Green tea catechins (GTCs) proved to be effective in inhibiting cancer growth in several experimental models. Recent studies showed that 30% of men with high-grade prostate intraepithelial neoplasia (HG-PIN) would develop prostate cancer (CaP) within 1 year after repeated biopsy. This prompted us to do a proof-of-principle clinical trial to assess the safety and efficacy of GTCs for the chemoprevention of CaP in HG-PIN volunteers. The purity and content of GTCs preparations were assessed by high-performance liquid chromatography [(-)-epigallocathechin, 5.5%; (-)-epicatechin, 12.24%; (-)-epigallocatechin-3-gallate, 51.88%; (-)-epicatechin-3-gallate, 6.12%; total GTCs, 75.7%; caffeine, <1%]. Sixty volunteers with HG-PIN, who were made aware of the study details, agreed to sign an informed consent form and were enrolled in this double-blind, placebo-controlled study. Daily treatment consisted of three GTCs capsules, 200 mg each (total 600 mg/d). After 1 year, only one tumor was diagnosed among the 30 GTCs-treated men (incidence, approximately 3%), whereas nine cancers were found among the 30 placebo-treated men (incidence, 30%). Total prostate-specific antigen did not change significantly between the two arms, but GTCs-treated men showed values constantly lower with respect to placebo-treated ones. International Prostate Symptom Score and quality of life scores of GTCs-treated men with coexistent benign prostate hyperplasia improved, reaching statistical significance in the case of International Prostate Symptom Scores. No significant side effects or adverse effects were documented. To our knowledge, this is the first study showing that GTCs are safe and very effective for treating premalignant lesions before CaP develops. As a secondary observation, administration of GTCs also reduced lower urinary tract symptoms, suggesting that these compounds might also be of help for treating the symptoms of benign prostate hyperplasia.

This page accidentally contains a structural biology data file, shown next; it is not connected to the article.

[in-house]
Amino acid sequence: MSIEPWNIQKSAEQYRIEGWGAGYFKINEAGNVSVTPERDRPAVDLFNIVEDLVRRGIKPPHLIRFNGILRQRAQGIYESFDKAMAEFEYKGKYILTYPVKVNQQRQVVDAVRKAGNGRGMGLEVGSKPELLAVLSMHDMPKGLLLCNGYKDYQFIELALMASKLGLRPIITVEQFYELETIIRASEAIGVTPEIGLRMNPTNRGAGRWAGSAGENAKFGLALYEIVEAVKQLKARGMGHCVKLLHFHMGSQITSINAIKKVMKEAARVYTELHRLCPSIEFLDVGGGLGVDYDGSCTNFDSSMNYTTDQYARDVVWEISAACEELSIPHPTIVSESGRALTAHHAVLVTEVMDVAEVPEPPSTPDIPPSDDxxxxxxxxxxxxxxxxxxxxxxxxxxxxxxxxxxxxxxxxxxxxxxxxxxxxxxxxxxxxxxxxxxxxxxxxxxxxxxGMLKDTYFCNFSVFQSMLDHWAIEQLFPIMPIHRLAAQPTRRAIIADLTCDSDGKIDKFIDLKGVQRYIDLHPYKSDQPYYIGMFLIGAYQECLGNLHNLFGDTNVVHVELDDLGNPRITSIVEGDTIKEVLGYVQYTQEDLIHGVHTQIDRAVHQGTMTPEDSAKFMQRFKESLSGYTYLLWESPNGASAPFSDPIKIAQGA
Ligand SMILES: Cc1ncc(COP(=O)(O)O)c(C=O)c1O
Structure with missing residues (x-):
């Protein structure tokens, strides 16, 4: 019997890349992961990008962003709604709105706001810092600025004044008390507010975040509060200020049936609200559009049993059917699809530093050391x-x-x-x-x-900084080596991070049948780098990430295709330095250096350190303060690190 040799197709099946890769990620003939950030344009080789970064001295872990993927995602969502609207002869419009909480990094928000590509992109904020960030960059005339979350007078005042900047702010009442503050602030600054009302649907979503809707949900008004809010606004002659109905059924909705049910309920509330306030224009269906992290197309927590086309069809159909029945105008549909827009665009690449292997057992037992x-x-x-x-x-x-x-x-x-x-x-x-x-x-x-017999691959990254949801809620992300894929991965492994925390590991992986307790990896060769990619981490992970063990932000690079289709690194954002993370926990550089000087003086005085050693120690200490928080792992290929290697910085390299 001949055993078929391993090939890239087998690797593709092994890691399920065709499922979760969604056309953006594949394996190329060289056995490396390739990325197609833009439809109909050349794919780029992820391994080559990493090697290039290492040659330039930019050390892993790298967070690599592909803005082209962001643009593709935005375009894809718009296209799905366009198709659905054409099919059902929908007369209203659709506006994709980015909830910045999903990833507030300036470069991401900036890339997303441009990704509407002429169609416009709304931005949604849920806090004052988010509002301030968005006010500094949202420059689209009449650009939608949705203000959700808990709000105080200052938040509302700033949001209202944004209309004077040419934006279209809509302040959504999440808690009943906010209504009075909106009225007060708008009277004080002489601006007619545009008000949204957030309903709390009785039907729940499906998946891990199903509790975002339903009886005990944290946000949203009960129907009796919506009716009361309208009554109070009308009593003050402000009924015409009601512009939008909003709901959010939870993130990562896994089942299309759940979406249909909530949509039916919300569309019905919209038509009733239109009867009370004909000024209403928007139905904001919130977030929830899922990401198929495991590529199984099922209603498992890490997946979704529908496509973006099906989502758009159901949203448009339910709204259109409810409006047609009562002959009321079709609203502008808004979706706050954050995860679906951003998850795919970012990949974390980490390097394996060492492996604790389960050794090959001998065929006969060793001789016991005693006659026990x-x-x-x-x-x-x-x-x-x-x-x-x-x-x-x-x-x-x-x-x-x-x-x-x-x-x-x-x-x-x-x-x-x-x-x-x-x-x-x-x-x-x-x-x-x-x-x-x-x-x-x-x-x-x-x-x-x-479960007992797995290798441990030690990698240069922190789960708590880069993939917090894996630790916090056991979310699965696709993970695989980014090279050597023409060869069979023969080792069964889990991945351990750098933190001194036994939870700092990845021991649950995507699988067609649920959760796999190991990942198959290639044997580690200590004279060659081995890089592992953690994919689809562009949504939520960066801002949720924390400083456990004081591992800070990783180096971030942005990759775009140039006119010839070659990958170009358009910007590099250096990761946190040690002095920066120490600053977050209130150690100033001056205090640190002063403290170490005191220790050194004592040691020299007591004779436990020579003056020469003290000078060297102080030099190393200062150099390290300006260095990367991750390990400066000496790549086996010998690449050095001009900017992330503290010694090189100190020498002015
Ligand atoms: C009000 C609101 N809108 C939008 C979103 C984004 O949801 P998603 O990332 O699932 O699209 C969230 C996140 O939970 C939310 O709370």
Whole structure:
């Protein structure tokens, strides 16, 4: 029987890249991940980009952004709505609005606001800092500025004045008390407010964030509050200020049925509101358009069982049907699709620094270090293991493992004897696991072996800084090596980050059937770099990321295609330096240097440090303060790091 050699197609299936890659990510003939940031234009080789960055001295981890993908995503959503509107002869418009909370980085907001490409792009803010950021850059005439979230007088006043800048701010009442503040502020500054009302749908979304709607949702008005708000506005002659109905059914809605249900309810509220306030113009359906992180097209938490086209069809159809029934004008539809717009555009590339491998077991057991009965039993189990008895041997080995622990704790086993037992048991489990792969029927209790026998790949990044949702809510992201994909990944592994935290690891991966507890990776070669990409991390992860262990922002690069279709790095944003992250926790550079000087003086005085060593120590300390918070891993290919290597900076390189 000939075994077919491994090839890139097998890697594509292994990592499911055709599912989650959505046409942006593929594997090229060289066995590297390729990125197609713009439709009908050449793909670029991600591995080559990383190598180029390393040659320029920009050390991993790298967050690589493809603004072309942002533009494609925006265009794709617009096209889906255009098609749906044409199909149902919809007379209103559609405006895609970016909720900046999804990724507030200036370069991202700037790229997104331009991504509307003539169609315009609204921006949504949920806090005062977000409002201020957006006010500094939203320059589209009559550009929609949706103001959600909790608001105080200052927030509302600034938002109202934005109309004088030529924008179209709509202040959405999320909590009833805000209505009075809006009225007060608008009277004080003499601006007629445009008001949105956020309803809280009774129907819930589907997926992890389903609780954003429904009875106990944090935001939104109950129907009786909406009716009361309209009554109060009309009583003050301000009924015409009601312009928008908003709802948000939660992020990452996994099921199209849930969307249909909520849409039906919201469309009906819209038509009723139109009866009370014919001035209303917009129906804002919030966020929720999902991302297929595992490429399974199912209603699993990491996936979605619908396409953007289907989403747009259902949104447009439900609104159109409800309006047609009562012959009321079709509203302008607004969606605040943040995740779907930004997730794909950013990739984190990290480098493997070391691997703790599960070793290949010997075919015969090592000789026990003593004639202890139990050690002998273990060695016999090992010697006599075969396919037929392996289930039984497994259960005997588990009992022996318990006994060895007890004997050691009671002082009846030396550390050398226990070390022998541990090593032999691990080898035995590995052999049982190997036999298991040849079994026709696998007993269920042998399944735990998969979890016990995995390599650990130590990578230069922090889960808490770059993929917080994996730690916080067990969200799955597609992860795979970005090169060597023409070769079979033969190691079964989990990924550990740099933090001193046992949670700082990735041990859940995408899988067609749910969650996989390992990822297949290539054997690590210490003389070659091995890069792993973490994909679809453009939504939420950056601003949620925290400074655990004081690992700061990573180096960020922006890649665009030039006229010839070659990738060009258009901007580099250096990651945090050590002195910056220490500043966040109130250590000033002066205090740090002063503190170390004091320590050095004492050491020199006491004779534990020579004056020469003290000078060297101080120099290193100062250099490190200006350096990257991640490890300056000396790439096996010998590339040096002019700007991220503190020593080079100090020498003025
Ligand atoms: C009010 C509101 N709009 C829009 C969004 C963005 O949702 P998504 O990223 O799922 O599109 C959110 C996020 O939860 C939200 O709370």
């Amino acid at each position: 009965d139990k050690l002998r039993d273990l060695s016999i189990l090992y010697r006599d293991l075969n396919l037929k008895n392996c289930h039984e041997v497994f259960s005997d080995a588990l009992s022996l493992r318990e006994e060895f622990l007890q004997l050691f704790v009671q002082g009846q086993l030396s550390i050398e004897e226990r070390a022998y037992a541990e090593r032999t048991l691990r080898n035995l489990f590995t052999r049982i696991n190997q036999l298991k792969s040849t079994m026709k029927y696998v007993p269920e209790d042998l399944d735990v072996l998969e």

Cancer Res. 2006 Jan 15;66(2):1234-40

Effect of ejaculation on serum total and free prostate-specific antigen concentrations.

OBJECTIVES: Measurement of total serum prostate-specific antigen (PSA) is widely used as an aid to early detection of prostate cancer. Measurement of the ratio of free to total PSA may increase the specificity of PSA testing. To improve specificity further, other factors that may cause transient increases in PSA, such as ejaculation, have been identified. We prospectively studied the effect of ejaculation on total and free PSA levels and examined whether changes induced by ejaculation would affect recommendations for performing prostatic biopsy. METHODS: We measured the baseline total and free serum PSA levels and obtained measurements 1.6, and 24 hours after ejaculation in 20 volunteers (mean age 59 years). All men had baseline PSA levels less than 4.0 ng/mL. We used repeated-measures analysis of variance to test for changes in total, free, and percent free PSA after ejaculation. We also calculated the proportion of men with PSA levels greater than the expected biologic variability at each timepoint. RESULTS: The mean total, free, and percent free serum PSA increased 1 hour after ejaculation. Mean total PSA levels remained significantly increased 6 and 24 hours after ejaculation. Mean free PSA decreased to baseline levels by 6 hours after ejaculation, and percent free PSA returned to baseline by 6 hours after ejaculation and then decreased below baseline by 24 hours. When normal biologic variation was accounted for, 40% of men, at 24 hours after ejaculation, had total PSA levels above the baseline level. Similarly, 24 hours after ejaculation, the percent free PSA remained above baseline level in 10% and below baseline level in 35% of the men. CONCLUSIONS: Both total and free PSA increase immediately after ejaculation, with differing rates of return to baseline levels. PSA testing within 24 hours after ejaculation may lead to an erroneous interpretation of the results of both total and percent free PSA measurements in a small proportion of men.